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Emergent Innovation: Sustainable Innovation as Learning From the Future as It Emerges. On Uncertainty and Creating Opportunities by Exploring Potentials and Adjacent Possibles
Markus F. Peschl * 1 , Thomas Fundneider 2
1  University of Vienna, Cognitive Science Research Platform & Dept. of Philosophy
2  theLivingCore GmbH, Vienna, Frankfurt

10.3390/isis-summit-vienna-2015-I001
Abstract:

Rethinking Innovation

Most approaches in innovation are extrapolating past experiences into the future or they use "wild" out-of-the-box-thinking methods for generating new knowledge or perspectives. However, how can we create something radically new and at the same time something that has been “waited for”, although nobody has explicitly known or seen it; i.e., something that—despite its perhaps radical newness—appears just in the right time at the right place (“kairos”) and organically fits in the existing environment (be it a market, an organization, a culture, or society). The challenge is to create something that is both radically new and fits into existing patterns of perception and thought. It is a kind of "innovation from within", an innovation that—despite its novelty—respects what is already there and makes use of its potentials for creating something new in a sustainable and thriving manner. We refer to this alternative approach to innovation as Emergent Innovation (Peschl & Fundneider, 2008, 2013, 2014). Both its theoretical foundations and a concrete well-proven innovation process will be introduced.

Emergent Innovation and adjacent possibles

Besides other approaches from the fields of innovation, cognitive science, and epistemology, this approach is based on S.Kauffman´s concept of adjacent possibles (Kauffman, 2014) and C.O.Scharmer’s Theory U (Scharmer, 2007). Whenever we are dealing with the challenge of sustainable radical innovation, we are confronted with a kind of uncertainty, in which the future is not only unknown, but also unknowable. In such a perspective both search- and solution-spaces are unknown, and even “worse”, they change permanently as they are continuously co-created in a process of interaction between environmental structures/dynamics, potentials, and cognitive system(s) (and their evolving needs). Comparing this situation with evolutionary dynamics, “…we do not know what all the possibilities are for such preadaptation, so we do not know the unprestatable and ever changing phase space of evolution. Not only do we not know what “will” happen, we do not even know what “can” happen.” (Longo, Montevil, & Kauffman, 2012, p. 1384) For such a tricky situation, it is necessary to create niches or spaces for potentials (in Kauffman´s (2014) terms “adjacent possibles”; see also (Felin, Kauffman, Koppl, & Longo, 2014; Koppl, Kauffman, Felin, & Longo, 2014)) in which innovations may emerge.

Towards an epistemology of potentiality

It will be shown that a new kind of “cognition and epistemology of potentiality” is needed in order to accomplish such processes as “learning from the future” and “listening to the future as it emerges”. It involves a whole new set of cognitive abilities, attitudes and epistemological virtues, such as radical openness, deep observation, skills of deep understanding, reframing, identifying and cultivating potentials, etc.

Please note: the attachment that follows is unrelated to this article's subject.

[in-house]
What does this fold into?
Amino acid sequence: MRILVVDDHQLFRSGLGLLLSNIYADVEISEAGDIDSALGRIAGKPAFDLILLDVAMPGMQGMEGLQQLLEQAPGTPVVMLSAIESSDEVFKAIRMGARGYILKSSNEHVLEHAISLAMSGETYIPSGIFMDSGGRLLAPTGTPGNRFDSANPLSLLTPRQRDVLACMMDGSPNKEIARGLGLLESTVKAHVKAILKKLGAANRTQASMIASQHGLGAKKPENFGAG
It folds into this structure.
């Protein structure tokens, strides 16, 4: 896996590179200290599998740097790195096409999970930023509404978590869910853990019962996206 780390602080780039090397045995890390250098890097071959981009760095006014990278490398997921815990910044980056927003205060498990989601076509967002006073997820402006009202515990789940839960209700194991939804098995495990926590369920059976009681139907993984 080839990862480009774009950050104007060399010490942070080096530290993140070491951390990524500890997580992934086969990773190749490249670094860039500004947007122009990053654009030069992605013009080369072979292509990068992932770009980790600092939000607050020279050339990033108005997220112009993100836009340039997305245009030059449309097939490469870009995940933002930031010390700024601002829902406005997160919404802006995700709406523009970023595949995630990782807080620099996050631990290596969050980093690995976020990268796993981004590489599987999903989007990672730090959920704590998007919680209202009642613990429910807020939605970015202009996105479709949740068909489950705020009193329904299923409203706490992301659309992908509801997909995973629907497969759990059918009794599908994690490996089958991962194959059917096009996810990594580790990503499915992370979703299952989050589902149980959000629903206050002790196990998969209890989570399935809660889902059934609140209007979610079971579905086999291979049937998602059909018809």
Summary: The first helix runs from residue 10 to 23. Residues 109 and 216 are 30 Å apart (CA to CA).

The second part of this talk presents the Emergent Innovation approach that applies these theoretical concepts in a concrete process design. It is a socio-epistemological innovation technology bringing forth profoundly new knowledge and innovations having the qualities explicated above. The practical concepts, the implications as well as the learnings will be discussed.

References and Notes

Felin, T., Kauffman, S. A., Koppl, R., & Longo, G. (2014). Economic opportunity and evolution: beyond landscapes and bounded rationality. Strategic Entrepreneurship Journal, 8(4), 269–282.

Kauffman, S. A. (2014). Prolegomenon to patterns in evolution. BioSystems, 123(2014), 3–8.

Koppl, R., Kauffman, S. A., Felin, T., & Longo, G. (2014). Economics for a creative world. Journal of Institutional Economics, 2014, 1–31.

Longo, G., Montevil, M., & Kauffman, S. A. (2012). No entailing laws, but enablement in the evolution of the biosphere. In Proceedings of the Fourteenth International Conference on Genetic and Evolutionary Computation (pp. 1379–1392). Philadelphia, PA. (doi:10.1145/2330784/2330946)

Peschl, M. F., & Fundneider, T. (2008). Emergent Innovation and Sustainable Knowledge Co-creation. A Socio-Epistemological Approach to "Innovation from within". In M. D. Lytras, J. M. Carroll, E. Damiani, Tennyson, D, Avison, D, & Vossen, G. (Eds.), The Open Knowledge Society: A Computer Science and Information Systems Manifesto (Vol. CCIS (Communications in Computer and Information Science) 19, pp. 101–108). New York, Berlin, Heidelberg: Springer (CCIS 19).

Peschl, M. F., & Fundneider, T. (2013). Theory-U and Emergent Innovation. Presencing as a method of bringing forth profoundly new knowledge and realities. In O. Gunnlaugson, C. Baron, & M. Cayer (Eds.), Perspectives on Theory U: Insights from the field (pp. 207–233). Hershey, PA: Business Science Reference/IGI Global. (doi:10.4018/978-1-4666-4793-0)

Peschl, M. F., & Fundneider, T. (2014). Evolving the future by learning from the future (as it emerges)? Toward an epistemology of change. Behavioral and Brain Sciences, 37(4), 433–434.

Scharmer, C. O. (2007). Theory U. Leading from the future as it emerges. The social technology of presencing. Cambridge, MA: Society for Organizational Learning.

Keywords: innovation, Emergent Innovation radical innovation, enabling, adjacent possible, potential, Theory-U
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